Honestly, it's jarring seeing the original Spy Kids get so much screen time — they yammer a bunch about their exploits since 2003's Spy Kids 3: Game Over. Imagine if in Home Alone V — yes, there was a Home Alone IV — a strung-out Kevin McAllister advised the next kid with negligent parents how to not dial 911. What if Jurassic Park IV starred Night Vision Goggles Kid and Jeff Goldblum's Daughter Who Fought Velociraptors With Gymnastics? You're not unhappy that the original Spy Kids are still alive, but they really should be off at Spy University, doing bong rips laced with Sodium Pentothal and waterboarding sleeping roommates whose hands are dipped in bowls of warm water.

Spy Kids 4 is the 21st century equivalent of The Children's CrusadeS

One of the weirdest facets of Spy Kids 4 is its focus on the mythos of all that is Spy Kids. At first, this obsession with history makes diddly sense whatsoever. The Spy Kids franchise is not known to inspire otakuesque outbursts from adults, and it will be a solid decade before any of the franchise's prior demographic is going to be ironically excited about it, à la the same way everybody's now losing their minds about midnight showings of Clarissa Explains It All.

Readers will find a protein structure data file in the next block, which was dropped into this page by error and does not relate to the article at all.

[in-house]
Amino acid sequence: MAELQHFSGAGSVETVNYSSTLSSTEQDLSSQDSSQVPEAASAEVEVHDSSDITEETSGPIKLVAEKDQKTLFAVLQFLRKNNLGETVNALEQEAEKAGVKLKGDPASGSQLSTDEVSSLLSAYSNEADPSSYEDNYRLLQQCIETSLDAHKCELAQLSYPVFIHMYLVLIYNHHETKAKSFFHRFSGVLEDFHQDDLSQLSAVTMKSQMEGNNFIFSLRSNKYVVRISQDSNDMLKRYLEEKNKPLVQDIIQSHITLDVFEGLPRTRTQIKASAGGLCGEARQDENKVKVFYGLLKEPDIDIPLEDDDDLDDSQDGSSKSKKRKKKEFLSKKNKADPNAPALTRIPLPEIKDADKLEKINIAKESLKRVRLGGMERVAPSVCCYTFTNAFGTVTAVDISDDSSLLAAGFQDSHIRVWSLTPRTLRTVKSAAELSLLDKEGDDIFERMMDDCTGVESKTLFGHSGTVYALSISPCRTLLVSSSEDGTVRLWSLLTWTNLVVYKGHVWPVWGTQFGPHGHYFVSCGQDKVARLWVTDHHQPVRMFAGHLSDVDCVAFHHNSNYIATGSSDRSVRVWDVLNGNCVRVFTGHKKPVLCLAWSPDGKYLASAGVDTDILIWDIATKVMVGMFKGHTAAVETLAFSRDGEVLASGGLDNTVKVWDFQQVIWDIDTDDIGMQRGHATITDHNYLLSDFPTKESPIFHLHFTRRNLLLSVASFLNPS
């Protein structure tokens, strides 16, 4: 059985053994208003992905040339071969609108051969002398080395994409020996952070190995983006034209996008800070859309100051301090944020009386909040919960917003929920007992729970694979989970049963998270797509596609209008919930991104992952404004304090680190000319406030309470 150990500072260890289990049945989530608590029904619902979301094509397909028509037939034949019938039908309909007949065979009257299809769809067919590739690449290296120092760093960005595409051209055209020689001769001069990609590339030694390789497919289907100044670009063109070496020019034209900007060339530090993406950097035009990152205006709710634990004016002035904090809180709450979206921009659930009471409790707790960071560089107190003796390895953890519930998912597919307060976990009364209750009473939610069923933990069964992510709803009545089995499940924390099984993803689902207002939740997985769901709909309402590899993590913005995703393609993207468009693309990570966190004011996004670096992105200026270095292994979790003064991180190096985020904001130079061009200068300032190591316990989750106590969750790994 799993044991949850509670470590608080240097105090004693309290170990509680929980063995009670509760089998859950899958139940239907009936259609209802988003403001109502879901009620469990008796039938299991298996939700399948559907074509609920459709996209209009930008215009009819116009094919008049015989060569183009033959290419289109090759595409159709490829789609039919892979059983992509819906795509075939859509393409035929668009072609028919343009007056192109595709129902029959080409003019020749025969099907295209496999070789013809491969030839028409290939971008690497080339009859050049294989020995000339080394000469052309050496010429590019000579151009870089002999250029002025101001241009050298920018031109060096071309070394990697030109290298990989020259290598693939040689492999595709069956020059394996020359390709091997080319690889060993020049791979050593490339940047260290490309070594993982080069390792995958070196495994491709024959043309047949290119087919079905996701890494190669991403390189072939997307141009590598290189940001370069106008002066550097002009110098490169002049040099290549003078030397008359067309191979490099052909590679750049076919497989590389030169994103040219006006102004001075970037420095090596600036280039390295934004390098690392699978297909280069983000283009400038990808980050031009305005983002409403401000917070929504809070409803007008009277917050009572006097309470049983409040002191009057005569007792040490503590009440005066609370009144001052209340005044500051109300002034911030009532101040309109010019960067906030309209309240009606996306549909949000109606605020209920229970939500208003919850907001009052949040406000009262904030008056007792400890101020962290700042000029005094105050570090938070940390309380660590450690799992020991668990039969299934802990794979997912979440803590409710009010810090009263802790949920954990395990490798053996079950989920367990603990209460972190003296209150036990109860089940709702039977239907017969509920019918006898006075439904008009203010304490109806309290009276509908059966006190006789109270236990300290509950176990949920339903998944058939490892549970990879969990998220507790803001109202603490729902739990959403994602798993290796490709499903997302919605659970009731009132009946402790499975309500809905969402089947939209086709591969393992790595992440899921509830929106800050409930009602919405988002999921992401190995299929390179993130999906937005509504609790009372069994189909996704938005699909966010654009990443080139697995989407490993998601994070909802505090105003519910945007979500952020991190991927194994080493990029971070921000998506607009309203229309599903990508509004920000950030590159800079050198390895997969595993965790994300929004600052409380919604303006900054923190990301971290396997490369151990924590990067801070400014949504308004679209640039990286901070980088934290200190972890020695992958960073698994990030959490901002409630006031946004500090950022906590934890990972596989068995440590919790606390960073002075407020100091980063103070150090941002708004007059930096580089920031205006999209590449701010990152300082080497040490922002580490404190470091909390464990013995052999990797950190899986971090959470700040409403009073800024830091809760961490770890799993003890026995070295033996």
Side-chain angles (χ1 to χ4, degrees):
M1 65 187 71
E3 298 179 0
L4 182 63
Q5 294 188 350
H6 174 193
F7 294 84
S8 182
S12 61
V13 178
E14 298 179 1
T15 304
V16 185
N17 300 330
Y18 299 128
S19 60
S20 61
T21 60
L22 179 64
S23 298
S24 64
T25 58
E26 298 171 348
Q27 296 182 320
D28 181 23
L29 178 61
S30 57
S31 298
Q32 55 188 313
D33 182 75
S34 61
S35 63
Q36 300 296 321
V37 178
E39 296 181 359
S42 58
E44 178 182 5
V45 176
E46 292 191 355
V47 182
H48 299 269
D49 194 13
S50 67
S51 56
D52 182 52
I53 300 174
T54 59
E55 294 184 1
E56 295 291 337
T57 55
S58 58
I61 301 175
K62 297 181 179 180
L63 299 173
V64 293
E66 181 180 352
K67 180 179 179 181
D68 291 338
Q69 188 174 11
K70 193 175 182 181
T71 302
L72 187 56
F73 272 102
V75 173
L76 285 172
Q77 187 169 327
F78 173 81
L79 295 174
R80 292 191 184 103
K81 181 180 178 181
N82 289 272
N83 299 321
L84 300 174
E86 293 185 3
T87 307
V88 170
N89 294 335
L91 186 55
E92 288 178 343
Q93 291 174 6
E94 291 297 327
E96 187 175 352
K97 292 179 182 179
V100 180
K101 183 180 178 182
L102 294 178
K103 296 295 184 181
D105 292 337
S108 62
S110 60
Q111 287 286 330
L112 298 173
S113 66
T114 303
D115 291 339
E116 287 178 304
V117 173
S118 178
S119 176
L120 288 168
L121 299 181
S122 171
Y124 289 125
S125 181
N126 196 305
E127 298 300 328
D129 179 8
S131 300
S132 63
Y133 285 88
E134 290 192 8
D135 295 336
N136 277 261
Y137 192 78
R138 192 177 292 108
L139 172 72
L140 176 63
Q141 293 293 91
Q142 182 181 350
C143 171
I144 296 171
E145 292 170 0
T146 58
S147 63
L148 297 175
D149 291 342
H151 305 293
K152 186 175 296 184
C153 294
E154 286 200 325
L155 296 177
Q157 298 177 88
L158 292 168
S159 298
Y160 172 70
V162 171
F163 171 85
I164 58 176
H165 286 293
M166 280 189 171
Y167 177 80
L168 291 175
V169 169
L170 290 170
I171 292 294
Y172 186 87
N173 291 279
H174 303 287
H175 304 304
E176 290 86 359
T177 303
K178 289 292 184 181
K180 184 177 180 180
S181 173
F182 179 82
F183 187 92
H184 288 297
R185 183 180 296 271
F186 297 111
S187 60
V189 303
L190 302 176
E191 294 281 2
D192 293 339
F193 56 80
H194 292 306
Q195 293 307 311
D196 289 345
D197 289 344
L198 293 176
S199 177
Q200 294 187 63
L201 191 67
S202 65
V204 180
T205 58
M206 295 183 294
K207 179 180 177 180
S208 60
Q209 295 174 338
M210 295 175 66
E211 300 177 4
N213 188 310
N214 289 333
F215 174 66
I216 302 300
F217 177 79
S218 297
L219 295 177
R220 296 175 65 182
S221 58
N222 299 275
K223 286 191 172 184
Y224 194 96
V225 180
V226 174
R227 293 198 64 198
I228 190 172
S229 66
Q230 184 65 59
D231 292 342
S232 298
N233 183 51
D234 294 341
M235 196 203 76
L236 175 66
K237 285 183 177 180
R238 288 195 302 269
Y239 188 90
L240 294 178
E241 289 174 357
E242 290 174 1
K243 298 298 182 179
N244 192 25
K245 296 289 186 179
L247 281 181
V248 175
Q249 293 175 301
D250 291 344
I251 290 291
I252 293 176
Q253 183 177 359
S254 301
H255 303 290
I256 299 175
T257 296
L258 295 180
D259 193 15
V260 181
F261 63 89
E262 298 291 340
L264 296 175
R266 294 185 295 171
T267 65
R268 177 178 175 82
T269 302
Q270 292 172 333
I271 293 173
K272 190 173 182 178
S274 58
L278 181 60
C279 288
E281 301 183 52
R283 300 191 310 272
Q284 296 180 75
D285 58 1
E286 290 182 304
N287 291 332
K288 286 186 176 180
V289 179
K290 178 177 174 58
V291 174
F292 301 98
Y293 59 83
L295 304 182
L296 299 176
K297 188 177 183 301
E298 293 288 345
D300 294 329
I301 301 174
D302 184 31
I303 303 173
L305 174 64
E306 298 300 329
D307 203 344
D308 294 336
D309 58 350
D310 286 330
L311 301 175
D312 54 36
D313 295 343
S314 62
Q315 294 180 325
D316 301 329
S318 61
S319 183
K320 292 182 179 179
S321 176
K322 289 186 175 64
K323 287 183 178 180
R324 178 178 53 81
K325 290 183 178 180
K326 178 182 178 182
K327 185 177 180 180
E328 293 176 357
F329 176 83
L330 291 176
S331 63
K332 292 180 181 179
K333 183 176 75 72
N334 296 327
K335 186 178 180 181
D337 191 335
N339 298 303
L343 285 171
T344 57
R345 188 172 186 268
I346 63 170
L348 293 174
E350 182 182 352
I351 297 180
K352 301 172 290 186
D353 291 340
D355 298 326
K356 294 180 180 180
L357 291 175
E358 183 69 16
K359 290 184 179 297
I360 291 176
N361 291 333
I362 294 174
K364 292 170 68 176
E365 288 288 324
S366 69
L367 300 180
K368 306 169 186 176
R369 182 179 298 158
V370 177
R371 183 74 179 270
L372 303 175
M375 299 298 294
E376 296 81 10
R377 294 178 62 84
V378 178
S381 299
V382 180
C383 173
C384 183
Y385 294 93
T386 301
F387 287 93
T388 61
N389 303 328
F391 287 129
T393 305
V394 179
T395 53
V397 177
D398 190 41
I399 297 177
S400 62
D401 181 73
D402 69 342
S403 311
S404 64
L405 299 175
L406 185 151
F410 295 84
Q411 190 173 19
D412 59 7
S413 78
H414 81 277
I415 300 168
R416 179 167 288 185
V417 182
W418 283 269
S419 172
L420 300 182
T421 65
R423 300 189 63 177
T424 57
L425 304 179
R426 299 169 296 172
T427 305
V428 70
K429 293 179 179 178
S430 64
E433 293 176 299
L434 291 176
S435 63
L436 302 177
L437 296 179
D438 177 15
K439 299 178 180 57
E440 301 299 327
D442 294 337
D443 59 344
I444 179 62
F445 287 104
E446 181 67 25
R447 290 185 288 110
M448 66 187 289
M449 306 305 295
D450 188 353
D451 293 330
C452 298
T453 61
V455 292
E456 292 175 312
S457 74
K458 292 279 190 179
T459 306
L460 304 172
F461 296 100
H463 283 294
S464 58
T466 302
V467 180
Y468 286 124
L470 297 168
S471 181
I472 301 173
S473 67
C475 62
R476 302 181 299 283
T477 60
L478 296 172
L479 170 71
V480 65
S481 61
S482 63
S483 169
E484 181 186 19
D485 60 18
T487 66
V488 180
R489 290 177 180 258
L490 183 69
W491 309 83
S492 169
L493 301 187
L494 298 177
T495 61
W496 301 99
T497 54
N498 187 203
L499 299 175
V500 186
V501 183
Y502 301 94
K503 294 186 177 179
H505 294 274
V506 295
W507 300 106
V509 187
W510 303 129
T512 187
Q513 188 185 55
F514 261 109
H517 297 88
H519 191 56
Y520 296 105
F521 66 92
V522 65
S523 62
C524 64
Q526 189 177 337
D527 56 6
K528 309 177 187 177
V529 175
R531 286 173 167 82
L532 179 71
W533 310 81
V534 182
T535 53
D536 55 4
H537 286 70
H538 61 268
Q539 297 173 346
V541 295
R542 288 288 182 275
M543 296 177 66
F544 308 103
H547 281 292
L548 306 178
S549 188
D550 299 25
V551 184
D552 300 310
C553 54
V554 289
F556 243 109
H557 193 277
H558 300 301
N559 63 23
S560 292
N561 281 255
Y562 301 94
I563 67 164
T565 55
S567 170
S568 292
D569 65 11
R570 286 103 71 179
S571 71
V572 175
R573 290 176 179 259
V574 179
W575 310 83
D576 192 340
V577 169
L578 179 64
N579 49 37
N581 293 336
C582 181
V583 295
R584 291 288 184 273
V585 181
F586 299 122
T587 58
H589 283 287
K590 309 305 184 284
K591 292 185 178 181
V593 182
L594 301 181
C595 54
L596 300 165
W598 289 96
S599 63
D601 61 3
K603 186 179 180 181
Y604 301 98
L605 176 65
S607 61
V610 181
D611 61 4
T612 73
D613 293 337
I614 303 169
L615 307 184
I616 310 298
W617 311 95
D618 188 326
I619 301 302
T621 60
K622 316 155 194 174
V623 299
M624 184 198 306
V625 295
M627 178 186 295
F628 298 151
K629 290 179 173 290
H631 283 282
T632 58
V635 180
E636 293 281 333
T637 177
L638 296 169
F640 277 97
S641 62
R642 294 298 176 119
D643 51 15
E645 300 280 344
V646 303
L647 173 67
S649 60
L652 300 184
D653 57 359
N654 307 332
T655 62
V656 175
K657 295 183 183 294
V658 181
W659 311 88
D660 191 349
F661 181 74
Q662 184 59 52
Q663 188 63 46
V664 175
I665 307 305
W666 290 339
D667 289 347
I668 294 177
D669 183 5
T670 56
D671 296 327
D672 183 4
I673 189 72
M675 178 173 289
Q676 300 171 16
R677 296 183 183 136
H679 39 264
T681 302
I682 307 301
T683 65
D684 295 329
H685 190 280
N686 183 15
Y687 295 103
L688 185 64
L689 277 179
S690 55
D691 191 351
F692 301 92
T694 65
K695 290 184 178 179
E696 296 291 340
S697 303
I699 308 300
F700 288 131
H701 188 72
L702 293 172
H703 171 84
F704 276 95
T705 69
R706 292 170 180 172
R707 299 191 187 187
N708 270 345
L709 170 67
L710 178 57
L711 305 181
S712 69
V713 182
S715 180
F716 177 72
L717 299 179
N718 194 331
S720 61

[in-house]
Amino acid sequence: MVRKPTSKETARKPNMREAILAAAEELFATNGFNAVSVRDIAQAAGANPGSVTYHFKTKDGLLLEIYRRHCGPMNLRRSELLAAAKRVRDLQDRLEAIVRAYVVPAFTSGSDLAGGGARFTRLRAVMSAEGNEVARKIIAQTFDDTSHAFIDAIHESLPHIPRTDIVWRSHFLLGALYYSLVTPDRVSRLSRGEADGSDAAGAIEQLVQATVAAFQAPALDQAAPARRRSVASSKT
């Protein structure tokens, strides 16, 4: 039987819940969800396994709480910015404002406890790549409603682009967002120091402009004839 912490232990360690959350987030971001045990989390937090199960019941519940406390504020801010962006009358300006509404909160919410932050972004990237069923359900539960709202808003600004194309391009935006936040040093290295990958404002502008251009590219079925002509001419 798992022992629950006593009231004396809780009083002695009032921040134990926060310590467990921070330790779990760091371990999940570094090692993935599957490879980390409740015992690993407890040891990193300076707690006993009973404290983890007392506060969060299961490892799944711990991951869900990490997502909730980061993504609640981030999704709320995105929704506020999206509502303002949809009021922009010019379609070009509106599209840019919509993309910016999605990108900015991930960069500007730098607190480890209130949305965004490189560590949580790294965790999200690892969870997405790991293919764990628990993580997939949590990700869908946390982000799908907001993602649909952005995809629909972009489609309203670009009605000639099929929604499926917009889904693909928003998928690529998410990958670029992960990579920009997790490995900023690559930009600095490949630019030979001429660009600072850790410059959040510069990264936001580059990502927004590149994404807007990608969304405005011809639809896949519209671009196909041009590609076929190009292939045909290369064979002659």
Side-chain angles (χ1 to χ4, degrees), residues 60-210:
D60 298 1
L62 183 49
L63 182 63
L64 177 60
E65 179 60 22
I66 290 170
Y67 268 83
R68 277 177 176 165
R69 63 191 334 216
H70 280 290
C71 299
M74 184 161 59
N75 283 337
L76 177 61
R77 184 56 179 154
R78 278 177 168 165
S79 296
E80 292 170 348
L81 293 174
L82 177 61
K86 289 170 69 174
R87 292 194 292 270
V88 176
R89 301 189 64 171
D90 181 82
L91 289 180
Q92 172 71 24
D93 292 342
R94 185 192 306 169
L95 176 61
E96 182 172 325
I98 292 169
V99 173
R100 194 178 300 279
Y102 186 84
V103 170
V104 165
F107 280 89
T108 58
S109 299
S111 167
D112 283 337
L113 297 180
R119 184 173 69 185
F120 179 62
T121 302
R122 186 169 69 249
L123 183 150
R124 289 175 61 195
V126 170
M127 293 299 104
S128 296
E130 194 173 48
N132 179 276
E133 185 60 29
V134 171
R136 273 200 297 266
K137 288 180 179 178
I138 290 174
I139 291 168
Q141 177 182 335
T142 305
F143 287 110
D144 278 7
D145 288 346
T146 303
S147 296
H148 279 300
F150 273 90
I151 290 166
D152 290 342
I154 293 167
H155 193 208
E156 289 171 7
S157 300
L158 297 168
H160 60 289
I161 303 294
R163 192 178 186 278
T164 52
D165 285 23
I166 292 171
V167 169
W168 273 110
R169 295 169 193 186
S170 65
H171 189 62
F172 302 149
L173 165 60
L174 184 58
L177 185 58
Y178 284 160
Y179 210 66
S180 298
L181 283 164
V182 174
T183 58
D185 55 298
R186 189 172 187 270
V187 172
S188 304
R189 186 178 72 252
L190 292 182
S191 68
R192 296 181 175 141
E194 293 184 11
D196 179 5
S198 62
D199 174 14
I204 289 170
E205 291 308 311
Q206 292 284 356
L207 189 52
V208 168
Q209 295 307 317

The first Spy Kids movie came out ten years ago — the audience that propelled it to $148 million is now too teenaged, apathetic, and ashamed to have fond memories of that family-friendly movie made by the fellow who made Salma Hayek gyrate the best gyration in the history of things that gyrate. Also, it is an empirical fact that all nostalgia post-Y2K is inherently not interesting.

So yes, why would Rodriguez spend so much time dusting off old mythology the target demographic doesn't care about? Six-year-olds don't give a crap about canon. My read is this — despite its Happy-Meal-primed veneer, Spy Kids: All the Time in the World is the gritty reboot of the series, a narrative that details the aftermath of an American government complicit in the employment of child soldiers. The franchise has grown up, and Rodriguez is determined that a world of prepubescent espionage would be a grim place to live indeed. It is his Christopher Nolan moment.

Spy Kids 4 is the 21st century equivalent of The Children's CrusadeS